It was a humble beginning to a career in neuroscience that led to the University of Ottawa and Harvard University, and the discovery, announced Thursday, of a new way to coax damaged nerves to repair themselves.
Until about the age of two, the neurons in the human brain are still growing, stretching out long arms known as axons to form connections and build networks and circuits. After that, experience and learning shape those connections largely through pruning, said Dr. Smith, now 32 and running her own lab at Carleton University. Superfluous connections are trimmed; those used more frequently are strengthened in a variety of ways that don't involve the growth of axons.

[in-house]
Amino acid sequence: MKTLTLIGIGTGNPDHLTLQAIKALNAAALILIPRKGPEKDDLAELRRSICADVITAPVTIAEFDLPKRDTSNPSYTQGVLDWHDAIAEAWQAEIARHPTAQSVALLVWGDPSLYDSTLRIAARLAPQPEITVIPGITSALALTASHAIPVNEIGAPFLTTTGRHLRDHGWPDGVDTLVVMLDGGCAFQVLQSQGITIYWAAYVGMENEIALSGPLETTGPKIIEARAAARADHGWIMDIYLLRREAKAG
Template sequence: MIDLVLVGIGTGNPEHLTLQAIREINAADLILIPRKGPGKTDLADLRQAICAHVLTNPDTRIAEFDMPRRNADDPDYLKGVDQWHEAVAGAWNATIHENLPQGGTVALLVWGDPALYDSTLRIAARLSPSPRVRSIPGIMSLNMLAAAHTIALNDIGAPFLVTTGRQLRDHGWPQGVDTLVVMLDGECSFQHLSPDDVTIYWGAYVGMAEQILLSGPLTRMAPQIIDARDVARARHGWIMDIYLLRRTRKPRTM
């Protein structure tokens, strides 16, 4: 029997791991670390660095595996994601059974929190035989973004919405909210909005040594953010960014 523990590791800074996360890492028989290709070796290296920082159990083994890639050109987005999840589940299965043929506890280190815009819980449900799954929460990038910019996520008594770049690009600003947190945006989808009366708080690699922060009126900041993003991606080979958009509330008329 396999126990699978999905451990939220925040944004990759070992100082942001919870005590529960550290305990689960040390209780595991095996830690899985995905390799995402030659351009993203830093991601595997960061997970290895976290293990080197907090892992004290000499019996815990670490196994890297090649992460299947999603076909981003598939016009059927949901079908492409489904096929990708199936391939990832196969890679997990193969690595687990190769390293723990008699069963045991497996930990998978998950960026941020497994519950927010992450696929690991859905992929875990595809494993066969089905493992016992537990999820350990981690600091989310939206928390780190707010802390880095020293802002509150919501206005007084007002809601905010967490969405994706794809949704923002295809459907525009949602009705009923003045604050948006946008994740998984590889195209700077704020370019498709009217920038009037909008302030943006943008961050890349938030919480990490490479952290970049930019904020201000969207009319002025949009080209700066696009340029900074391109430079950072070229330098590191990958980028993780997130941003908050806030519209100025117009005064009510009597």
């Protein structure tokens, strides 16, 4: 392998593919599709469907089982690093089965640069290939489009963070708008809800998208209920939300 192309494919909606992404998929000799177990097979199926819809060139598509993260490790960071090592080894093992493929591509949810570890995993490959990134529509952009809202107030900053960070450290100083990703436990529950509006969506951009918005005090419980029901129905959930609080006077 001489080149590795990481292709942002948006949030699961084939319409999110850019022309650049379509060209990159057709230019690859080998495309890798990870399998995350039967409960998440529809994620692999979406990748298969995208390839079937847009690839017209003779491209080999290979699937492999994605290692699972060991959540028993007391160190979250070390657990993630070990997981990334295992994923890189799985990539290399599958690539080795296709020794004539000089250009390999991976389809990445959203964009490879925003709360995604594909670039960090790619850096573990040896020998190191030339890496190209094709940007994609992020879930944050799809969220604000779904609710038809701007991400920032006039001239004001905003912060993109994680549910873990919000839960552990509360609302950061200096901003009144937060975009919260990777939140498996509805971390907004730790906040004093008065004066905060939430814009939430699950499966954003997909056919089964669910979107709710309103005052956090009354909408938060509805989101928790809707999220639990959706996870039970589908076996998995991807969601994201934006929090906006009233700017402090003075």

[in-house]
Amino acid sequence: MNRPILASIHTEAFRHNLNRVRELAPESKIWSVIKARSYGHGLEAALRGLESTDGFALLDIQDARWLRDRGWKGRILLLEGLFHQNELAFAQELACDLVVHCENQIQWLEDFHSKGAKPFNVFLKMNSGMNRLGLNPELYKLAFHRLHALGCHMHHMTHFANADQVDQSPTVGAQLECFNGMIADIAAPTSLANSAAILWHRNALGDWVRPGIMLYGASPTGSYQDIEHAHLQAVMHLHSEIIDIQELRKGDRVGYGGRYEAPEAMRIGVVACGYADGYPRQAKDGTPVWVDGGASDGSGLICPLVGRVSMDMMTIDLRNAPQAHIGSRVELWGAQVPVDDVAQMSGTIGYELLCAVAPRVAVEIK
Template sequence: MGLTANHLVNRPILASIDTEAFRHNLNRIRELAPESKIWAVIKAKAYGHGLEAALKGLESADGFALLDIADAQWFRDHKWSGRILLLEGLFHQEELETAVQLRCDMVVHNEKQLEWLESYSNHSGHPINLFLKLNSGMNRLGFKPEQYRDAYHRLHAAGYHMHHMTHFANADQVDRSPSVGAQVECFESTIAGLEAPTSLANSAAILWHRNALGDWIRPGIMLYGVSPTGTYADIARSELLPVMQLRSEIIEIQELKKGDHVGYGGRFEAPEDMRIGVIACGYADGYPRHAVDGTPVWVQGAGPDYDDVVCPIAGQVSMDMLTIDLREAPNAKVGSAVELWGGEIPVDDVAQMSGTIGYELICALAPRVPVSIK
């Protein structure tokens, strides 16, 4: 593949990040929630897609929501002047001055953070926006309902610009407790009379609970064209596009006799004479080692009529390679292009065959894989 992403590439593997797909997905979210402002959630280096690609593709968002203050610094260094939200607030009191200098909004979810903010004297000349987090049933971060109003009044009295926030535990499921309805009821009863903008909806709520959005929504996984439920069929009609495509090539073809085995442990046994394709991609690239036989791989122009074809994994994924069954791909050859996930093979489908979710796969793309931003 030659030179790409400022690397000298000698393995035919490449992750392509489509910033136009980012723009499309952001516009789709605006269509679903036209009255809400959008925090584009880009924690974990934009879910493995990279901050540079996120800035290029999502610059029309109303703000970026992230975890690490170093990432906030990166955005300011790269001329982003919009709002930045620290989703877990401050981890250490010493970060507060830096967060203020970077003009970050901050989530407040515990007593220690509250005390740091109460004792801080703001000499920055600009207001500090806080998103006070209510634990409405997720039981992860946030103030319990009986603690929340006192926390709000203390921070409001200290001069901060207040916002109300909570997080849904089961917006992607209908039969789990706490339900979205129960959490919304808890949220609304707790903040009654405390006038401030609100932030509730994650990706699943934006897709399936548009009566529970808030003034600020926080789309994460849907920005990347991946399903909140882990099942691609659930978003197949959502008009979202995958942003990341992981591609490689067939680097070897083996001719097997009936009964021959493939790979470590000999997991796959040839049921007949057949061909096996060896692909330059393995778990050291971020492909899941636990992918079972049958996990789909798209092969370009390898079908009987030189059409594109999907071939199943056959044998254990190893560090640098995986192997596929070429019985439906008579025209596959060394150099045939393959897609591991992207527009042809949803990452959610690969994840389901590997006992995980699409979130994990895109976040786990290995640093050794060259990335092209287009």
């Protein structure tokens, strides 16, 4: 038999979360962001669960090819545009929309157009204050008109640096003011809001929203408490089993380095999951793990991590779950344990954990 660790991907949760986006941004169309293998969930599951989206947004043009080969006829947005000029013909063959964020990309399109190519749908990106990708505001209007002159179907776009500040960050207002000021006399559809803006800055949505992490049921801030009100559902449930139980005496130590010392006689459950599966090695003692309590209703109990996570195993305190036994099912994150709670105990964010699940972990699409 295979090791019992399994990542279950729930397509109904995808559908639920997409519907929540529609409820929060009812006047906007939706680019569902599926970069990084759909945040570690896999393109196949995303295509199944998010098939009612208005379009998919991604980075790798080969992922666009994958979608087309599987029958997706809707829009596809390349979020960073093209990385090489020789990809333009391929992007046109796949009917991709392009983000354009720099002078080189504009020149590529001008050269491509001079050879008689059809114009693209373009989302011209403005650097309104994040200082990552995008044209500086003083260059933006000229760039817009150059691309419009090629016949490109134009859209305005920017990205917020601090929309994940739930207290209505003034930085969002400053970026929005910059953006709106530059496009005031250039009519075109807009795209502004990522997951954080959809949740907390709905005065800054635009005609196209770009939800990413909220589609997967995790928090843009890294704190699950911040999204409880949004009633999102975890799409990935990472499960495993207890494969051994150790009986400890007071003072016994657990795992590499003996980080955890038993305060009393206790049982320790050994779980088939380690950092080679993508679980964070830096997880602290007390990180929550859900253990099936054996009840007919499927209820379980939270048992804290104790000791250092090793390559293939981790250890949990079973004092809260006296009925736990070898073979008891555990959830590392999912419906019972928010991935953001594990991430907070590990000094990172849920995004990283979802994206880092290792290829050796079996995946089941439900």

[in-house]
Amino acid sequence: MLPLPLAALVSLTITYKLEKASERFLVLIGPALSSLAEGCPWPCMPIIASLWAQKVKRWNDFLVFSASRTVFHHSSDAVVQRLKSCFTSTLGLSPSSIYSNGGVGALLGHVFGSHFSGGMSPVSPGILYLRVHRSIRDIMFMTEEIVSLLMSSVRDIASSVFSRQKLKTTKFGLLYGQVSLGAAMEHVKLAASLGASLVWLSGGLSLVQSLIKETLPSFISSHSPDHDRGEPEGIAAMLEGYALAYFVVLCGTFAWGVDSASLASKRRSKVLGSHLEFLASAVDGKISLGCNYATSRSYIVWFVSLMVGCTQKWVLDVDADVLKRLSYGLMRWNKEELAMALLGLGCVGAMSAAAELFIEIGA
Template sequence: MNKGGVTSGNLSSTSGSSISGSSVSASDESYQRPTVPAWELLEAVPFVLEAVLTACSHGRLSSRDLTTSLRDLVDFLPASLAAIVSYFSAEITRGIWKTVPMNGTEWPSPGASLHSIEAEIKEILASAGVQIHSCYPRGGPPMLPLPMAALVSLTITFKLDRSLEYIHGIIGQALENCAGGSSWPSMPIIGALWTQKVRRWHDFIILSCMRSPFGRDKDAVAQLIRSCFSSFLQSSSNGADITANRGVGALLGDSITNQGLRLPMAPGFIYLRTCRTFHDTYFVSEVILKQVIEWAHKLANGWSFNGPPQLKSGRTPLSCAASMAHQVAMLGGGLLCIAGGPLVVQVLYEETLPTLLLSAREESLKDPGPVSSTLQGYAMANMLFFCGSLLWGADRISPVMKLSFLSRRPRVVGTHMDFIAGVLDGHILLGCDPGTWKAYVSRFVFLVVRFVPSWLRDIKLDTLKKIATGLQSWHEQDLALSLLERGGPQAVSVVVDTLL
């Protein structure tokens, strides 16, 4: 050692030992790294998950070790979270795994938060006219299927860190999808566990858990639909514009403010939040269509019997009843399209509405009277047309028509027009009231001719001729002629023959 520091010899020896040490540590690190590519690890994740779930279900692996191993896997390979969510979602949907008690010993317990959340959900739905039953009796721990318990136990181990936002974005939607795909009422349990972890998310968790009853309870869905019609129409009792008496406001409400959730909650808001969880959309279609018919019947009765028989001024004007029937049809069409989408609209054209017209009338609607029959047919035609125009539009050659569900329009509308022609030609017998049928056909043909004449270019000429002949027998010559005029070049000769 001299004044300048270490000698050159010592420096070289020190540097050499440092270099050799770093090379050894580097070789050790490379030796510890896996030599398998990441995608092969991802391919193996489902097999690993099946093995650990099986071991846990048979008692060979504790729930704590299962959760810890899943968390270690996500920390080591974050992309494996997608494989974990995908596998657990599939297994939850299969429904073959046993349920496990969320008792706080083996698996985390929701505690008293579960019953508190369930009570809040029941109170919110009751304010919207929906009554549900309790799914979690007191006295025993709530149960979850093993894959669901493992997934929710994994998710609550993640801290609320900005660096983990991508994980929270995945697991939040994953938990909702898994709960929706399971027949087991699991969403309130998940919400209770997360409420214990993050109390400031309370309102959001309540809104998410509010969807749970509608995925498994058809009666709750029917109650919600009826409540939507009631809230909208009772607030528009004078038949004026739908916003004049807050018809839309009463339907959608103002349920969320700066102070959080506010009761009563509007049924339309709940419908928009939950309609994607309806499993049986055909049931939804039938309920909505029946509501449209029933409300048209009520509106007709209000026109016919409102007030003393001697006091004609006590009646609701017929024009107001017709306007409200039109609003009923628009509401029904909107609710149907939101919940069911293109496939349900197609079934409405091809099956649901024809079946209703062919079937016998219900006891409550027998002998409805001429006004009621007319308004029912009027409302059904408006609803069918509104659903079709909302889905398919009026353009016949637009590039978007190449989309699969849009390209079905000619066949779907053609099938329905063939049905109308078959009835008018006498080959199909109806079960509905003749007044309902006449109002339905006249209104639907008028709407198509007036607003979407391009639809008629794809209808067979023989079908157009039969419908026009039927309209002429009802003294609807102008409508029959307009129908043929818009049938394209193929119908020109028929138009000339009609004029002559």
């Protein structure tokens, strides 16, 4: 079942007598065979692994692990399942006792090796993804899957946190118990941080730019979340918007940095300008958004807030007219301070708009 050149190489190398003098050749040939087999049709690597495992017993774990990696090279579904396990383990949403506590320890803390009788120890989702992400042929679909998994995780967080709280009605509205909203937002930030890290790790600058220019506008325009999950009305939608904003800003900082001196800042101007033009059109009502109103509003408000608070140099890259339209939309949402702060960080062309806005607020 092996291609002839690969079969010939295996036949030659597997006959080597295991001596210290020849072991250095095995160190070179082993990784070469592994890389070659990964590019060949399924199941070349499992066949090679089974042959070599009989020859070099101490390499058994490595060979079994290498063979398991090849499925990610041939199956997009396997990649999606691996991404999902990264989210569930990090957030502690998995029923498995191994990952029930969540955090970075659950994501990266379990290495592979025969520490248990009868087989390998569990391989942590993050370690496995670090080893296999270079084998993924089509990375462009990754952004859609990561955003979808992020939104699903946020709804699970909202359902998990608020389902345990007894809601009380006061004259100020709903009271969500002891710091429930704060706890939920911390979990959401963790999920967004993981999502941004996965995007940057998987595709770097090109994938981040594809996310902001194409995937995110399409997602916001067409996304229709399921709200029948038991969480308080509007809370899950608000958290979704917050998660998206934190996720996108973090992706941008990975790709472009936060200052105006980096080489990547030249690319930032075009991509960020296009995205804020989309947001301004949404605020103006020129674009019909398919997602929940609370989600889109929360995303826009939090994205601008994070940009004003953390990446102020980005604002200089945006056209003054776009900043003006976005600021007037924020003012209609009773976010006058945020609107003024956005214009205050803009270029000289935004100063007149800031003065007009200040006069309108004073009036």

Now, she and colleagues at Harvard have a found a molecule that appears to put the brakes on neuron growth in adult mice.
It is called SOCS3. When the scientists blocked it in adult mice with crushed optic nerves, the damaged neurons began to sprout.